Auckland’s Dominion Rd has long been known as a hotspot for exceptional traditional Asian cuisine at affordable prices. Spicy House, Xi’an Noodle Bar, Barilla Dumpling…we could go on. There’s a new challenger on the block, however, and you’ll find it right across the street from the last in that list.
We wouldn’t have had the good fortune of visiting Huai Yang had Mt Albert’s Chinoiserie not been so heavily patronised; Auckland’s diners are certainly out in force post the COVID-19 lockdown and there was not a table to be had. After some manic searching on Zomato for nearby eateries, a few wrong turns and some heated in-car conversation, a decision was finally made to try Huai Yang. Rather unexpectedly, we were instantly impressed upon entering – Huai Yang’s modern fit-out would not be out of place in any of Auckland’s (admittedly more chic) dining districts, something that’s certainly not typical of Dominion Rd’s cheap and cheerful vibe. Expectations are usually fairly low when it comes to restaurants in the area, most boasting a diner/takeout vibe with the bare minimum spent on aesthetics. Clearly, this is a restaurant that has set its sights on competing with the city’s best eateries.
A table of ten young diners in the centre of the restaurant was the first indicator that perhaps word is already out about Huai Yang (it’s been open since October but due to COVID-19, take a good few months off that), and our confidence was further boosted by the well, rather decent hard covered, embossed menus – no menu board or tatty laminated menu cards in sight. Unlike some Dominion Rd establishments we’d earlier crossed off our list, Huai Yang is licensed – at this stage, that stretches to beer only, but we were told wine will be added in a month or so (likely July 2020). Thankfully, the beer list includes craft options such as Garage Project’s Hapi Daze, which we opted for, (again) surprisingly served in ceramic mugs. Cute, if not a bit left field.
The menu isn’t huge, a good portion of it being soup based – a category we instantly eliminated due to wanting to share dishes amongst the table. We opted for some starters to commence, all arriving very promptly, as did the rest of our order – all of which was on the table in less than 10 minutes. Great if you want speedy service, but perhaps something to note if you’re looking for a more leisurely meal (order in batches, if so).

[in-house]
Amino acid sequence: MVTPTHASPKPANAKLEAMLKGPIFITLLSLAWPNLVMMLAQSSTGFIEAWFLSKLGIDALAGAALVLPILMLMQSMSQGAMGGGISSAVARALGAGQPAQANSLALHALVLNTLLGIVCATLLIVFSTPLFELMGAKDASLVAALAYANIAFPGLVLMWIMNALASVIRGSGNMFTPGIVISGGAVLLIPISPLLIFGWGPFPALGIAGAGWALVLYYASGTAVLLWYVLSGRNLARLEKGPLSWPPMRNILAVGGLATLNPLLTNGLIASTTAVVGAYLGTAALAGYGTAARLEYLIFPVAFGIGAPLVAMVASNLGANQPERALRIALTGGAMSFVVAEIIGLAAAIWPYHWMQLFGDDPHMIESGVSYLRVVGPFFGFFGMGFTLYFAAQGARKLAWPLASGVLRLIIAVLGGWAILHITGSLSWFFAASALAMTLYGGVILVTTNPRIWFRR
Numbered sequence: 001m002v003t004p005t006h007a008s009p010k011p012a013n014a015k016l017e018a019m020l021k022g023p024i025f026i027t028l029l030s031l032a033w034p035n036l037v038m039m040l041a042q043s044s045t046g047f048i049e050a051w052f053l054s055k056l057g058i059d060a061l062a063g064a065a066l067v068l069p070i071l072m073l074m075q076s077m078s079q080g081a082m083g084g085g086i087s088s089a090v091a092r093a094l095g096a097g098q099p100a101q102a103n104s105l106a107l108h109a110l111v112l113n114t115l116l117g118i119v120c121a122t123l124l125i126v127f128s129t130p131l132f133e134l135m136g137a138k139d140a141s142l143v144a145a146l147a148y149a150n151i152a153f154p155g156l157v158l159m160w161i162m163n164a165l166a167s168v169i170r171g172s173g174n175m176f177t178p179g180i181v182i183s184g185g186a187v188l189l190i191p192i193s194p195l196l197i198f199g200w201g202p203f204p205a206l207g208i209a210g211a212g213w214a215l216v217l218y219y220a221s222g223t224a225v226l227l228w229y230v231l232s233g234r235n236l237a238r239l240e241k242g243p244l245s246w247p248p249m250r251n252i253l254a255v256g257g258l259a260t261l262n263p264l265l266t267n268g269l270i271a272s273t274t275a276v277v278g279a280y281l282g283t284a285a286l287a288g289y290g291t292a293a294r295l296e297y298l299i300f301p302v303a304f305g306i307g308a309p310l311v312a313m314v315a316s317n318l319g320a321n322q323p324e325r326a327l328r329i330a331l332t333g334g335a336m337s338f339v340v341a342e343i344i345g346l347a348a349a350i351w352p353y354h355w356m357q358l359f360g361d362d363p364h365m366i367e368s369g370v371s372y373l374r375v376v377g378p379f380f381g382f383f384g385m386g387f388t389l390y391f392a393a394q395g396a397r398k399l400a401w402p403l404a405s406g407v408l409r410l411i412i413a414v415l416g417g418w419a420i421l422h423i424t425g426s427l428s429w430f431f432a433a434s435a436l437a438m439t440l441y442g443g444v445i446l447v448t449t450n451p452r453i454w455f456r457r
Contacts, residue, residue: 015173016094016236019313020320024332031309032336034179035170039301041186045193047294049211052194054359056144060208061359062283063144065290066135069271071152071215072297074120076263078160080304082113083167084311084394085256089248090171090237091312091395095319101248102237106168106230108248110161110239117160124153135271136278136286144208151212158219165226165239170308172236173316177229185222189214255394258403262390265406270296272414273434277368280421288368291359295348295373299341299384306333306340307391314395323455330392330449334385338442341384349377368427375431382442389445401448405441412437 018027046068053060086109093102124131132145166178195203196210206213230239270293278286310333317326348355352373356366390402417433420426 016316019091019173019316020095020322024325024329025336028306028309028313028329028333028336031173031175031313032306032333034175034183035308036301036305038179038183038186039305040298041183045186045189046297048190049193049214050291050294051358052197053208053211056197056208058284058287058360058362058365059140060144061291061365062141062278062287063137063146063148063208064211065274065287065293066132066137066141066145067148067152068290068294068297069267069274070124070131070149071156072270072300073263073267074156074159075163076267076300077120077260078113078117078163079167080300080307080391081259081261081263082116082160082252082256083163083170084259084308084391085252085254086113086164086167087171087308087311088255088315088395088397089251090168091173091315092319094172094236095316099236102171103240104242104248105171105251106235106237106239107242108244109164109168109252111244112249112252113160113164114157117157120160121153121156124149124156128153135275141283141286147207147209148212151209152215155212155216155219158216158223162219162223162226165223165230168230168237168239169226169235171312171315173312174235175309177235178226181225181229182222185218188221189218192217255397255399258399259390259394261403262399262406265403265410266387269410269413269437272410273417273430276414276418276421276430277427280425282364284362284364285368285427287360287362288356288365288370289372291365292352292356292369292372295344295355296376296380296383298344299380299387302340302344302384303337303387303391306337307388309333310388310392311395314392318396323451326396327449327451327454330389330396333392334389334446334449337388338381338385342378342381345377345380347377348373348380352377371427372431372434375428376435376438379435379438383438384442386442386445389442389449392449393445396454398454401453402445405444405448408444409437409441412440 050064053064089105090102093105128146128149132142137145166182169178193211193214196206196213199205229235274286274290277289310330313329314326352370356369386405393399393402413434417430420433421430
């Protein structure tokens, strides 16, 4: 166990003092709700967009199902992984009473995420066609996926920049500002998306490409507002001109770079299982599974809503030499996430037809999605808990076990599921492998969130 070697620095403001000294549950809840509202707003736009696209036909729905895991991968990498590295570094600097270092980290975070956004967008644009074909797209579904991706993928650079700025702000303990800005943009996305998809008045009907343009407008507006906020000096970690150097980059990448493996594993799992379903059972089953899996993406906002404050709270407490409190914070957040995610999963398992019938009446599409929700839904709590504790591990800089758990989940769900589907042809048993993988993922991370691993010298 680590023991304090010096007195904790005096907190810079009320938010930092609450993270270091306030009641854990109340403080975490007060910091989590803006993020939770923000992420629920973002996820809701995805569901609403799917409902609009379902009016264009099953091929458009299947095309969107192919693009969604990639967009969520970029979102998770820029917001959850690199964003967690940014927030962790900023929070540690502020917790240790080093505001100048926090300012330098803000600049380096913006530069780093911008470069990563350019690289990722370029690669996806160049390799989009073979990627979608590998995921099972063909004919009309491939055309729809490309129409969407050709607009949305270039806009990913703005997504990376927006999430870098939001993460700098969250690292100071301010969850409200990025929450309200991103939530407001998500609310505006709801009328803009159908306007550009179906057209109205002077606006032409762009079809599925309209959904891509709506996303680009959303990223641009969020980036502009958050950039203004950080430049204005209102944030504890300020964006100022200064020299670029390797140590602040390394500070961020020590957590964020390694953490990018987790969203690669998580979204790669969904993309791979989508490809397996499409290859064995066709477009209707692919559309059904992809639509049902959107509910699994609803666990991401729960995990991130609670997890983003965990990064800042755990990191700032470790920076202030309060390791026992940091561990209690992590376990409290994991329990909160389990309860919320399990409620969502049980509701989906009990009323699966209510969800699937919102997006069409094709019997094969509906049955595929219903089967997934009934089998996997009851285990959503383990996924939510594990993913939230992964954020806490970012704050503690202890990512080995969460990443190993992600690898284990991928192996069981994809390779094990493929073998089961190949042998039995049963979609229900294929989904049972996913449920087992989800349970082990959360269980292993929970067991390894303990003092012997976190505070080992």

The Tang Cu Xiao Pai (deep-fried pork spare rib in sweet and sour sauce, $10) were cold rather than hot, and even though they were served in the traditional way as small sections of bone-in rib which we usually find difficult to eat, pretty good. The real hero of the starter section is the Ban Hai Dai Si ($8), however, a cold seaweed salad with enough raw garlic in it that you’ll be scaring off vampires for days to come. Don’t fret about the garlic breath, however, it’s worth it (and surely, a good immune boost in these times, right?).
The cover of the menu reads, ‘A noodle less ordinary’, and our Zha Jiang Ban Mian (noodles with pork, capsicum, mushroom, bean, celery and onion $15) was certainly anything but. The Huai Yang Xiao Chao (Stir-fry seasonal vegetable, shredded pork, garlic bolt and capsicum $16) was another huge hit with the table.
We were warned that the La Zi Ji (spicy popcorn chicken, deep-fried chicken, rice cake, Sichuan peppercorn, dried chilli and spring onion $22) would be pretty spicy…but being used to Din Tai Fung giving a spice warning to the not-so-Asian customers (us) about the mildest of dishes, we foolishly tossed aside these cautionary words, assuming (wrongly) that our decently seasoned palates would be able to handle what was to come. Boy, were we mistaken. It’s not Shanghai Szechuan hotpot mind-numbingly spicy, but we definitely needed to order another Hapi Daze and seaweed salad pronto to cool the ever building furnace in our throats. This dish is hot. If the dried chilis don’t get you, the Szechuan peppercorns surely will. The texturally wonderful squishy-yet-crispy rice cakes went some way to dampening the fire, but it would have taken a bowl full to truly put out the inferno of heat brought by this fiery dish. This is only for true chilli masters.
The verdict from the table? An emphatic thumbs up all around, each of us feeling happily sated and basking in a post-chilli-overdose glow. Huai Yang was absolutely worth the stress of our last-minute restaurant finding adventure. Do I wish the menu was more extensive? Perhaps. Am I looking forward to wine being on the menu? Definitely. Would we return? Absolutely.